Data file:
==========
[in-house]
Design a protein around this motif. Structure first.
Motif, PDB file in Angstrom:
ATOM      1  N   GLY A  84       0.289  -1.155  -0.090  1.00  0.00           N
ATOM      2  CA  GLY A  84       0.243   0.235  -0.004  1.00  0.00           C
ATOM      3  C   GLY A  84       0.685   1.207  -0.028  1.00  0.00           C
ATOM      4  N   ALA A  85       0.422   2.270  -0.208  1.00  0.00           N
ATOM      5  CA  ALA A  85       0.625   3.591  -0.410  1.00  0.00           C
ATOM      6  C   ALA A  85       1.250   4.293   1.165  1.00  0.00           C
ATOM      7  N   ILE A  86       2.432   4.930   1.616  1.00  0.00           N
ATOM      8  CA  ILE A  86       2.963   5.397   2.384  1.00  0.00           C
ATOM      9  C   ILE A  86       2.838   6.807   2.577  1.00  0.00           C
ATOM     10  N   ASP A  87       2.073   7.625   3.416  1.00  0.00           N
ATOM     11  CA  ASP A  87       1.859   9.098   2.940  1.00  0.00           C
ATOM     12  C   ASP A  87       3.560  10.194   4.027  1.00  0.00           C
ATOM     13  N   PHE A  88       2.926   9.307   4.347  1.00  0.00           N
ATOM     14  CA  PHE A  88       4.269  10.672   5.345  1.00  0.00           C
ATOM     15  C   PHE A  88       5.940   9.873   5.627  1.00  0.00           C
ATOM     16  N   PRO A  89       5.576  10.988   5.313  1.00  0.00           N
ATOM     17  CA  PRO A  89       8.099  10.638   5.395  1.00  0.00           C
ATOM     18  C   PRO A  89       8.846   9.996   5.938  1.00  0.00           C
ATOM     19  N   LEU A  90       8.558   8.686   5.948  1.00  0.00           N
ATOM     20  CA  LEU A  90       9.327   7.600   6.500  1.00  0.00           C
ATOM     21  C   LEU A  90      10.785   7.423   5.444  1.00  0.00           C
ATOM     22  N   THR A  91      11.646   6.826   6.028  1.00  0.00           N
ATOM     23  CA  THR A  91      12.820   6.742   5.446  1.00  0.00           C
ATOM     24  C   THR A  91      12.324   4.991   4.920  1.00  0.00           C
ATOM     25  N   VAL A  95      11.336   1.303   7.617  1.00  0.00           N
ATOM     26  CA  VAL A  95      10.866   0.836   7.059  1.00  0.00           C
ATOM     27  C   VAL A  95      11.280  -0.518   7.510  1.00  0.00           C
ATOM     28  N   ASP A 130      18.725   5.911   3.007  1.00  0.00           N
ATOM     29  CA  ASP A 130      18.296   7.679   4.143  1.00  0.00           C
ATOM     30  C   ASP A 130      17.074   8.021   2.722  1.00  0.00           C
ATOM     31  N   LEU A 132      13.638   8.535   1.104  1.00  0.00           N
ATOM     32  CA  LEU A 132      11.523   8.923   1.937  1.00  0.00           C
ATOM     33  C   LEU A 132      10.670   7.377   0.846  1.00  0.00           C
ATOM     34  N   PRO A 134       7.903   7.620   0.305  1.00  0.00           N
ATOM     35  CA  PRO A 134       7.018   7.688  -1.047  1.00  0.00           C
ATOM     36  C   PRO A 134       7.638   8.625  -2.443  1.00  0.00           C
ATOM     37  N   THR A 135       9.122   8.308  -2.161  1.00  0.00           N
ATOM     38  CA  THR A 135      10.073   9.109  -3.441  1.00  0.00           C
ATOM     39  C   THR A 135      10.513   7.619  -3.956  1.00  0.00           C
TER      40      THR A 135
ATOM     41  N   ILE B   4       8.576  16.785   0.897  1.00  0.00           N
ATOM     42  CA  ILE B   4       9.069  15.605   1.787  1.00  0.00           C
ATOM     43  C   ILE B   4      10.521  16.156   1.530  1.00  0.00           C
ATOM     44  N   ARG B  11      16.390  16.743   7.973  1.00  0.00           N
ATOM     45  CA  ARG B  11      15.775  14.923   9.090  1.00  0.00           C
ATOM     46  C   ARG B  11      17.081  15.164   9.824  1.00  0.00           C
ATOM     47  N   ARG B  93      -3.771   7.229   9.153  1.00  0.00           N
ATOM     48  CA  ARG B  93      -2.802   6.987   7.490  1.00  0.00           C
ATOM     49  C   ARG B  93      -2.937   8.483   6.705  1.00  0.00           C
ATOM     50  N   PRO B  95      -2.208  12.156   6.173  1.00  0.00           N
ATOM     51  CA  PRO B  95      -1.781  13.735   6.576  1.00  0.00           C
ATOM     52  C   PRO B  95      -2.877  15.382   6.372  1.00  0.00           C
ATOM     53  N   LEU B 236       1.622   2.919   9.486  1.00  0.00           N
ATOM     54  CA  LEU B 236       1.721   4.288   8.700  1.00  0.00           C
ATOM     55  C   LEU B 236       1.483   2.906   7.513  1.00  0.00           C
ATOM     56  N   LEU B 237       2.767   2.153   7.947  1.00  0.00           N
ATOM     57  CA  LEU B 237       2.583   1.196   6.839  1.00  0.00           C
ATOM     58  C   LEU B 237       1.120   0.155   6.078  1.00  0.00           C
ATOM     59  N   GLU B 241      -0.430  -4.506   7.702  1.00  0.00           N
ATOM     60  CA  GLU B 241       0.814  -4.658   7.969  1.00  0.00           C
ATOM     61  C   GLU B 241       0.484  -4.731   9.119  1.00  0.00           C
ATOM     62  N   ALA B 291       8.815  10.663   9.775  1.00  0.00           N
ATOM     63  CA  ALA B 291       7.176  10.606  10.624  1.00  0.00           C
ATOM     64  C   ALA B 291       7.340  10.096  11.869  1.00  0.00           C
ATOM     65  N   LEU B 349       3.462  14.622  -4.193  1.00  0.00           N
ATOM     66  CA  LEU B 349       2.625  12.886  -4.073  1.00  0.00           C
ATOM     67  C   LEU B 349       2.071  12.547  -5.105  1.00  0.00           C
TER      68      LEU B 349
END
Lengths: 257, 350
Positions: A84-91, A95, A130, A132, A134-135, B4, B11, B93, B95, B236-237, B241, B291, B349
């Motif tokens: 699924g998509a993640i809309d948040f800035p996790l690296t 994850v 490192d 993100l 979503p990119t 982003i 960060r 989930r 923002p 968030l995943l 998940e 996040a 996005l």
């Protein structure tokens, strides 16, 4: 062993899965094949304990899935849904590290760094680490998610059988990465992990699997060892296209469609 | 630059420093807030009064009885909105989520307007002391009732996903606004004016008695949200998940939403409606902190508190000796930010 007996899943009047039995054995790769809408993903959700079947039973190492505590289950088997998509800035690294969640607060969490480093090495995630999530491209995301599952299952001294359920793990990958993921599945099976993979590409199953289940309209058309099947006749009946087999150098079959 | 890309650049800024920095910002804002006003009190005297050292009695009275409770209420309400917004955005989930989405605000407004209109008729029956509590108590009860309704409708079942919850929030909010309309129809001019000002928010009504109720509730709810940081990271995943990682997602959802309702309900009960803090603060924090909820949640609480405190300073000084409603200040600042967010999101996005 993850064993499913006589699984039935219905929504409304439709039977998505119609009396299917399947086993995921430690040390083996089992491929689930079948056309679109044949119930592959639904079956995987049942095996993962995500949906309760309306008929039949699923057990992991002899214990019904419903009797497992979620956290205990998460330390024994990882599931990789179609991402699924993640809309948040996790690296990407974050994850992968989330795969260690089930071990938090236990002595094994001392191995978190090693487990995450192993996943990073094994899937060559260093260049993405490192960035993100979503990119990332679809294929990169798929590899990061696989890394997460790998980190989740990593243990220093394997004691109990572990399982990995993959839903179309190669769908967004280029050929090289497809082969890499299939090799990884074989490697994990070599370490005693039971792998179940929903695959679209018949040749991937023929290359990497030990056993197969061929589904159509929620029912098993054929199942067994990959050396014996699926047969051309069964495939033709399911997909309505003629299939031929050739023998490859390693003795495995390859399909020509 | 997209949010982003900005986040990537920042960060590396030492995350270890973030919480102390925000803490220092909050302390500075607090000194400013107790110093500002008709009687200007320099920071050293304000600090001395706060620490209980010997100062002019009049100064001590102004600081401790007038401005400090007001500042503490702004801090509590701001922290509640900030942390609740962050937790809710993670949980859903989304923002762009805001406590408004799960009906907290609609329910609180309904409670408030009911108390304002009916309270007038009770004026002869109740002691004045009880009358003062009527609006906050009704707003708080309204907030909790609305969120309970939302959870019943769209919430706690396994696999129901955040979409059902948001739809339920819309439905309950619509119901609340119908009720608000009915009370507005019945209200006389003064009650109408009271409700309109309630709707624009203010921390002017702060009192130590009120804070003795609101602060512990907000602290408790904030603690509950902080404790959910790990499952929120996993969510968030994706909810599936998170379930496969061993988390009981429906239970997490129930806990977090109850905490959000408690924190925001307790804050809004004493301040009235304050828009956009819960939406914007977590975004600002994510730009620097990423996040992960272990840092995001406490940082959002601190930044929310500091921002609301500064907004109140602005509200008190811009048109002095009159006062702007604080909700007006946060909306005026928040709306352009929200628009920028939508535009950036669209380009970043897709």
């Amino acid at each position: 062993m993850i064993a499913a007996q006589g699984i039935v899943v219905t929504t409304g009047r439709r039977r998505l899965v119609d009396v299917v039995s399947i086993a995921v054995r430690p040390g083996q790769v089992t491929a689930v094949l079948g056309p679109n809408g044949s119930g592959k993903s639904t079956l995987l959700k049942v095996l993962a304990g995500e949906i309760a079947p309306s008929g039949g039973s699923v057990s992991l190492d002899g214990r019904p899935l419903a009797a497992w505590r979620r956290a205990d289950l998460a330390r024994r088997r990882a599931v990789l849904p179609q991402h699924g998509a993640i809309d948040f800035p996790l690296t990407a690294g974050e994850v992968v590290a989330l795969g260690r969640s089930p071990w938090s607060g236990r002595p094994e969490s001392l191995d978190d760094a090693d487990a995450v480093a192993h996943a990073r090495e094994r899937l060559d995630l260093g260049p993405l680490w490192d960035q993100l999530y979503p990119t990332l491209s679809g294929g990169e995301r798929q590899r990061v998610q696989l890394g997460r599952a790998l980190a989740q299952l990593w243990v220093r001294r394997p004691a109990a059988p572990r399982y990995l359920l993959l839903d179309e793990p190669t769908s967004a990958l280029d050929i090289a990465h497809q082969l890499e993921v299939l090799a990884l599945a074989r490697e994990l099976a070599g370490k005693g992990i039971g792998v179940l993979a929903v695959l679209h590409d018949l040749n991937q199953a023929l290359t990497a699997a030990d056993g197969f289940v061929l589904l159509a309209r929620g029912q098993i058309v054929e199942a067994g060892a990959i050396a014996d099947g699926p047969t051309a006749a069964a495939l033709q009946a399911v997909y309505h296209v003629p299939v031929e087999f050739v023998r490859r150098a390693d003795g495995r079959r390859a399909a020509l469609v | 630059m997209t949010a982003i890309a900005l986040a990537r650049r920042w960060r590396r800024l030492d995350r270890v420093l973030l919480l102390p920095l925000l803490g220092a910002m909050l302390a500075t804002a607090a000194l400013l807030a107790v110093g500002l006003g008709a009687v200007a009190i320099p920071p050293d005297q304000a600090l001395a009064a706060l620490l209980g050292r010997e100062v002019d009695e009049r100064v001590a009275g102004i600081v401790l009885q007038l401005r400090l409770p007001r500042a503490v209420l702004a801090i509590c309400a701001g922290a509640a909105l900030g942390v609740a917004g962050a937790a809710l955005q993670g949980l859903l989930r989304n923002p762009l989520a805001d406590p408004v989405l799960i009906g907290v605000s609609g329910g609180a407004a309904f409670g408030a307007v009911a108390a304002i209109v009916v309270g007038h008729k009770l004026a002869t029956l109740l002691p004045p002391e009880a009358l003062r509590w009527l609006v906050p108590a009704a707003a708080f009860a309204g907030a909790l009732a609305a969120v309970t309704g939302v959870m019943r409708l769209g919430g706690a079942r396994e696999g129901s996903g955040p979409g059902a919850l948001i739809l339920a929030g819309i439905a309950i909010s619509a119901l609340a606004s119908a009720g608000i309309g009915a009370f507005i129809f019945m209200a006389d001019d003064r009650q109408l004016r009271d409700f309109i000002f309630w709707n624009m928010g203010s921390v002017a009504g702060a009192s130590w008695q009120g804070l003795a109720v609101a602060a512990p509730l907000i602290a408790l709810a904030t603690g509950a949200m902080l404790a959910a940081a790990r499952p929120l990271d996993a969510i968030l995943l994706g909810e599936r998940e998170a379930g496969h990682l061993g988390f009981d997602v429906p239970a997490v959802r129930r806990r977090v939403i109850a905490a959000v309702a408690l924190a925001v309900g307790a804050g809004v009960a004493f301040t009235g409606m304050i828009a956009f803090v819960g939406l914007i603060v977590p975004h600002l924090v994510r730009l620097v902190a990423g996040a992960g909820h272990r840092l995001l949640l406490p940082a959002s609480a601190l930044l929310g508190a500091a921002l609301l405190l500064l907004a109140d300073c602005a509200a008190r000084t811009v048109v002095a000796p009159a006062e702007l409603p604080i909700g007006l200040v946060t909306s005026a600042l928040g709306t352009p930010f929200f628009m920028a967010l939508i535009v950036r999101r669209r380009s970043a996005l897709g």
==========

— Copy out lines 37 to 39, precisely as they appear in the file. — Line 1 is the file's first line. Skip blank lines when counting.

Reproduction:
ATOM     34  N   PRO A 134       7.903   7.620   0.305  1.00  0.00           N
ATOM     35  CA  PRO A 134       7.018   7.688  -1.047  1.00  0.00           C
ATOM     36  C   PRO A 134       7.638   8.625  -2.443  1.00  0.00           C